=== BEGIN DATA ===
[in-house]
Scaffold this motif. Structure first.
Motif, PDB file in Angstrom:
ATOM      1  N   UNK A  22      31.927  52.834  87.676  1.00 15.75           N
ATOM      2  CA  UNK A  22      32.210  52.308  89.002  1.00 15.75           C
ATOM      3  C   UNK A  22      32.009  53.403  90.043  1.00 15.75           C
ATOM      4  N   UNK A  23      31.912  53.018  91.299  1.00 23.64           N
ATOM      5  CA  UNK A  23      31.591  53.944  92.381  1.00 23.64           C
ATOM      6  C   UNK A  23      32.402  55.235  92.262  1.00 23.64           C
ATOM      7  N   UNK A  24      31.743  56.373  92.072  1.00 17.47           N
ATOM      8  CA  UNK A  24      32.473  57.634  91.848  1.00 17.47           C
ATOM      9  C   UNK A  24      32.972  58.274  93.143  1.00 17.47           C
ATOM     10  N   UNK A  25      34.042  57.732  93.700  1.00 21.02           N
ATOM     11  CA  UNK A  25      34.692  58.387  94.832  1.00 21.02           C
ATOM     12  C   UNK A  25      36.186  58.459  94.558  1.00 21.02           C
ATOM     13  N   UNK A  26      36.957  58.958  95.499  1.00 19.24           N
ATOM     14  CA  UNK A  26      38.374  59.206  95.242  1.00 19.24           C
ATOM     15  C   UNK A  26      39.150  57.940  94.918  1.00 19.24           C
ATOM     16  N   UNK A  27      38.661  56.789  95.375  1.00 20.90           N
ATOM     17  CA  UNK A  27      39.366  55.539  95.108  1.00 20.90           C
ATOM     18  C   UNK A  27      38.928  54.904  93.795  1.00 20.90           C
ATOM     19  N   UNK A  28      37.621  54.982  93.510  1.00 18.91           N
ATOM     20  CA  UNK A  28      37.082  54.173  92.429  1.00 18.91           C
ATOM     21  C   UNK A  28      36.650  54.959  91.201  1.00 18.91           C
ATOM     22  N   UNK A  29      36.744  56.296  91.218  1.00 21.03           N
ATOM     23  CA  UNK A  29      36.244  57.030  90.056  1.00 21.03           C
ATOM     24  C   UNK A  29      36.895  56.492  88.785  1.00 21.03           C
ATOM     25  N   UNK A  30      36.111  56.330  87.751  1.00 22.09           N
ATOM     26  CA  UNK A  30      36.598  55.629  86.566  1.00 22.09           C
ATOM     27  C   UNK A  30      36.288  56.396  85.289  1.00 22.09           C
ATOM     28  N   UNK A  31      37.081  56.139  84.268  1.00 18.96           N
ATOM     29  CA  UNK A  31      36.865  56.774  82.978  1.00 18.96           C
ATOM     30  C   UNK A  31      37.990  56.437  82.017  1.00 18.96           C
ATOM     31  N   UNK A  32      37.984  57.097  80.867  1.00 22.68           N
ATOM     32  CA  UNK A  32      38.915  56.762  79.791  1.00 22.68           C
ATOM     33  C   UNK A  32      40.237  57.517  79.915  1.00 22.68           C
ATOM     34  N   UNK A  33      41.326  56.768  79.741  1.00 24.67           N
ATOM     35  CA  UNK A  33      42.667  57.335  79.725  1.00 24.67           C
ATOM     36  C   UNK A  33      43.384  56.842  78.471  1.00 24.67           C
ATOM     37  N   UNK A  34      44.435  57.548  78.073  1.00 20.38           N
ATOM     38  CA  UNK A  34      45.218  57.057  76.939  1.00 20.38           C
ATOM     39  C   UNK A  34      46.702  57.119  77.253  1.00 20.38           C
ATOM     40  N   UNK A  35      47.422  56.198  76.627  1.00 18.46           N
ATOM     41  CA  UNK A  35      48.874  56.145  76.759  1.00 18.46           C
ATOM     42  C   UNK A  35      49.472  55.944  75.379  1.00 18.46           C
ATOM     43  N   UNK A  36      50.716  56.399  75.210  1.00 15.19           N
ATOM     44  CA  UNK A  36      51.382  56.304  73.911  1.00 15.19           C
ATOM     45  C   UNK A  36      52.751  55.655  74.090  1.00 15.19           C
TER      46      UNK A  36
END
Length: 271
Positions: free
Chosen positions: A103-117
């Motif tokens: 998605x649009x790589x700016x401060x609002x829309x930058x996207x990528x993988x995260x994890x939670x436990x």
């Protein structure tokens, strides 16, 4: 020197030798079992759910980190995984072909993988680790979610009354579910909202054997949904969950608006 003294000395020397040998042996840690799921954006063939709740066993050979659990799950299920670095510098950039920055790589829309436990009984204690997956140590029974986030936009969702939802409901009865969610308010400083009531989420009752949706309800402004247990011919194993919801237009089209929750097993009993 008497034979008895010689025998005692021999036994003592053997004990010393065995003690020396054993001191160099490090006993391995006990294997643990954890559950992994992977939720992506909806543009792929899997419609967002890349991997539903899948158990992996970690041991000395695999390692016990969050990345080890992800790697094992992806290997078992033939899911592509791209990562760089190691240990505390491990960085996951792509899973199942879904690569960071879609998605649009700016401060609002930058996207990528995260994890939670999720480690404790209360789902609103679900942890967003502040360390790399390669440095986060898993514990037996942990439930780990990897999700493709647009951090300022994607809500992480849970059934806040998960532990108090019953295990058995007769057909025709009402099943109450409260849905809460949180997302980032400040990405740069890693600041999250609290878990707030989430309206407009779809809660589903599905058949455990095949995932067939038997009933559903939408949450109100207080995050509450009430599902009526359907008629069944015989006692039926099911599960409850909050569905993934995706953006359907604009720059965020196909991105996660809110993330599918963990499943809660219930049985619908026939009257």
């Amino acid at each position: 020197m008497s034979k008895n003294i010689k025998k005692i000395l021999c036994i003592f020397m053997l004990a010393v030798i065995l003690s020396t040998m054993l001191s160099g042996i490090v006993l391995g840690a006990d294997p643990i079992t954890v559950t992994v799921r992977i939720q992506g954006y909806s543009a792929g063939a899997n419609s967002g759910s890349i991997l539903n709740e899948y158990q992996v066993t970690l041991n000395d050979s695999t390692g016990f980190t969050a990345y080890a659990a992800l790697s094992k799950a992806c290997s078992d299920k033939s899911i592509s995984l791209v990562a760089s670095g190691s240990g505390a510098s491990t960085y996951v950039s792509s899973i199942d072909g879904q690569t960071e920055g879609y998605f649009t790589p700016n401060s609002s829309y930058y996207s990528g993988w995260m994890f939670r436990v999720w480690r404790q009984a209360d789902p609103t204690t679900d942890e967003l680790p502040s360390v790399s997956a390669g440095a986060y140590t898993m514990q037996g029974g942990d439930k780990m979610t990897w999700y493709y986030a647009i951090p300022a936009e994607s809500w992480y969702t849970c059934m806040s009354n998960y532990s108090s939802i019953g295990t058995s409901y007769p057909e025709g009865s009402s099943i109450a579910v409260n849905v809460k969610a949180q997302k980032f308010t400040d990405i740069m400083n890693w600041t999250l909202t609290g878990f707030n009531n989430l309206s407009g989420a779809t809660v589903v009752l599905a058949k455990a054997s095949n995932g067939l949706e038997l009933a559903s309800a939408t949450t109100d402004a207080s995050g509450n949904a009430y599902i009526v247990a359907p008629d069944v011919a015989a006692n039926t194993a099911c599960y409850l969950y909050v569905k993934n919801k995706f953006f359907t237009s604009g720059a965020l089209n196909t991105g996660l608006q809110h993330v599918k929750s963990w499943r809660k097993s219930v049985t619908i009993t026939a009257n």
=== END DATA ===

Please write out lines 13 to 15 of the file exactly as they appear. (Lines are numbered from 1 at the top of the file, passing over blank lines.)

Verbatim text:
ATOM     10  N   UNK A  25      34.042  57.732  93.700  1.00 21.02           N
ATOM     11  CA  UNK A  25      34.692  58.387  94.832  1.00 21.02           C
ATOM     12  C   UNK A  25      36.186  58.459  94.558  1.00 21.02           C